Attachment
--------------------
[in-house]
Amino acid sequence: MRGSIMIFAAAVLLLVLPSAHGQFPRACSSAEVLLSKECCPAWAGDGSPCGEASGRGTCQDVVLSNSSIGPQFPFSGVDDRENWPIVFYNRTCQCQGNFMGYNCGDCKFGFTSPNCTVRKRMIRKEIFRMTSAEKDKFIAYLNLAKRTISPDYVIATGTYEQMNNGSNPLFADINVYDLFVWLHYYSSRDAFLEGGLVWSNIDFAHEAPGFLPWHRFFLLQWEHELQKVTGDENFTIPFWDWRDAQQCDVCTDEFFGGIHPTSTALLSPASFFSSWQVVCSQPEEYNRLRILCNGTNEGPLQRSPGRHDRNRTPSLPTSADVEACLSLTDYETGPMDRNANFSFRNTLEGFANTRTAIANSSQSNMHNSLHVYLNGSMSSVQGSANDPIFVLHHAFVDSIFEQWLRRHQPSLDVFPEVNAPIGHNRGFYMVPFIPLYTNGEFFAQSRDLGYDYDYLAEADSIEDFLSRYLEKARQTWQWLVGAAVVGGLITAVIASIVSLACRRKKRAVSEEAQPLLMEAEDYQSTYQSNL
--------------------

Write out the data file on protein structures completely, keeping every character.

[in-house]
Amino acid sequence: MRGSIMIFAAAVLLLVLPSAHGQFPRACSSAEVLLSKECCPAWAGDGSPCGEASGRGTCQDVVLSNSSIGPQFPFSGVDDRENWPIVFYNRTCQCQGNFMGYNCGDCKFGFTSPNCTVRKRMIRKEIFRMTSAEKDKFIAYLNLAKRTISPDYVIATGTYEQMNNGSNPLFADINVYDLFVWLHYYSSRDAFLEGGLVWSNIDFAHEAPGFLPWHRFFLLQWEHELQKVTGDENFTIPFWDWRDAQQCDVCTDEFFGGIHPTSTALLSPASFFSSWQVVCSQPEEYNRLRILCNGTNEGPLQRSPGRHDRNRTPSLPTSADVEACLSLTDYETGPMDRNANFSFRNTLEGFANTRTAIANSSQSNMHNSLHVYLNGSMSSVQGSANDPIFVLHHAFVDSIFEQWLRRHQPSLDVFPEVNAPIGHNRGFYMVPFIPLYTNGEFFAQSRDLGYDYDYLAEADSIEDFLSRYLEKARQTWQWLVGAAVVGGLITAVIASIVSLACRRKKRAVSEEAQPLLMEAEDYQSTYQSNL